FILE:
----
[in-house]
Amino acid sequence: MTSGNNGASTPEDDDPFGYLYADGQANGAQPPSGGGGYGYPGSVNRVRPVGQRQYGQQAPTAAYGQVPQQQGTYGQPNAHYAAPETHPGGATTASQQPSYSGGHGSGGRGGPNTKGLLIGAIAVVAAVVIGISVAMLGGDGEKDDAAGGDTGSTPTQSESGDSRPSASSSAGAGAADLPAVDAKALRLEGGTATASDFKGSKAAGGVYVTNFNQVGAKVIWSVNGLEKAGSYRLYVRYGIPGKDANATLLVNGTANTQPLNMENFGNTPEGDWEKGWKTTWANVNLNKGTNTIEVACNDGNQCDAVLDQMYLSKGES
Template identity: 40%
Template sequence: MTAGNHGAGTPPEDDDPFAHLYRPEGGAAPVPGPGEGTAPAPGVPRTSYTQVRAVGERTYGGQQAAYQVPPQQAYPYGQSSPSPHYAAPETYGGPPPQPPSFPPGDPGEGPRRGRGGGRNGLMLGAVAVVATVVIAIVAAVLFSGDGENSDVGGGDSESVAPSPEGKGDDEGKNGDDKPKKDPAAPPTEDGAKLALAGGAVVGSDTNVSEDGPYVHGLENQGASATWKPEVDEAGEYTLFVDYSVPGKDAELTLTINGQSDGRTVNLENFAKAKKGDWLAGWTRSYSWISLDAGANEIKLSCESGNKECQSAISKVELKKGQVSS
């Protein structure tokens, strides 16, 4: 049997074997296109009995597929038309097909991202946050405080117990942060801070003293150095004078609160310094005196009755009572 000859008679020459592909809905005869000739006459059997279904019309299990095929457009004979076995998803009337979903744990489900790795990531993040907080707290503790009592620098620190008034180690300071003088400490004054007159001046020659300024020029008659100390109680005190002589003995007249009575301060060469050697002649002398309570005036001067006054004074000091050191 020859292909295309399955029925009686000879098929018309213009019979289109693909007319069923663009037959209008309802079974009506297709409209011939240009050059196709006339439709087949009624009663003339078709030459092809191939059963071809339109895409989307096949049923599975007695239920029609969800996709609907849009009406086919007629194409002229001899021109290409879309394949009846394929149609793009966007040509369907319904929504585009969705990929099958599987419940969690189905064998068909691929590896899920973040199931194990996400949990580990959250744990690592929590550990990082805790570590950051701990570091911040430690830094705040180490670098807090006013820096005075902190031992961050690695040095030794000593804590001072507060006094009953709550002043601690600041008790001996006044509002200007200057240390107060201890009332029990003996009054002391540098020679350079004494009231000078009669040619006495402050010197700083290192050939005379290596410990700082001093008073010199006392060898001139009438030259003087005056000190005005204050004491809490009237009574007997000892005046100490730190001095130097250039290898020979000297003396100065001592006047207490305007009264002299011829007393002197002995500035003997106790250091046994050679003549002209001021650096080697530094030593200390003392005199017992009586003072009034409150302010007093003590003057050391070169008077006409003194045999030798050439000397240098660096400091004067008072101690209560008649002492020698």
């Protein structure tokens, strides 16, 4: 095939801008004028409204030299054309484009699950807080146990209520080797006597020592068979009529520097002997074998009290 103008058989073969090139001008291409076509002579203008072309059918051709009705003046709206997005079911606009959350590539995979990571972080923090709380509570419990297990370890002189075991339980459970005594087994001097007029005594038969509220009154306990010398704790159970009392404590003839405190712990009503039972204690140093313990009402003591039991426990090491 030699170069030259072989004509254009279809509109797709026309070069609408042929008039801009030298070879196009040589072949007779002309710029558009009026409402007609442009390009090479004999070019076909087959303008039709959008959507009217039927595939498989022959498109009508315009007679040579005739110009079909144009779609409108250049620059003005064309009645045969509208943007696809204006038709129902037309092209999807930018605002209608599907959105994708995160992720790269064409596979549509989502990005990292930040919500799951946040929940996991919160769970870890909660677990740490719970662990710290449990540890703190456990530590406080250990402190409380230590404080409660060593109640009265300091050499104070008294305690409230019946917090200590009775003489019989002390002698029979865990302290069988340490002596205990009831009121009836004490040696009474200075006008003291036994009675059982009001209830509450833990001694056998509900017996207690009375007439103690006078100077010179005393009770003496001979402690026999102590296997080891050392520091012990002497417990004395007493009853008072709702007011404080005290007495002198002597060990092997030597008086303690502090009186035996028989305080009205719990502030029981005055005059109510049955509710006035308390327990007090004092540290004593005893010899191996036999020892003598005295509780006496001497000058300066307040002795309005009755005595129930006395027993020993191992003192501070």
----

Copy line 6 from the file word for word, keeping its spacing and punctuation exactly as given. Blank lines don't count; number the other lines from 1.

């Protein structure tokens, strides 16, 4: 095939801008004028409204030299054309484009699950807080146990209520080797006597020592068979009529520097002997074998009290 103008058989073969090139001008291409076509002579203008072309059918051709009705003046709206997005079911606009959350590539995979990571972080923090709380509570419990297990370890002189075991339980459970005594087994001097007029005594038969509220009154306990010398704790159970009392404590003839405190712990009503039972204690140093313990009402003591039991426990090491 030699170069030259072989004509254009279809509109797709026309070069609408042929008039801009030298070879196009040589072949007779002309710029558009009026409402007609442009390009090479004999070019076909087959303008039709959008959507009217039927595939498989022959498109009508315009007679040579005739110009079909144009779609409108250049620059003005064309009645045969509208943007696809204006038709129902037309092209999807930018605002209608599907959105994708995160992720790269064409596979549509989502990005990292930040919500799951946040929940996991919160769970870890909660677990740490719970662990710290449990540890703190456990530590406080250990402190409380230590404080409660060593109640009265300091050499104070008294305690409230019946917090200590009775003489019989002390002698029979865990302290069988340490002596205990009831009121009836004490040696009474200075006008003291036994009675059982009001209830509450833990001694056998509900017996207690009375007439103690006078100077010179005393009770003496001979402690026999102590296997080891050392520091012990002497417990004395007493009853008072709702007011404080005290007495002198002597060990092997030597008086303690502090009186035996028989305080009205719990502030029981005055005059109510049955509710006035308390327990007090004092540290004593005893010899191996036999020892003598005295509780006496001497000058300066307040002795309005009755005595129930006395027993020993191992003192501070």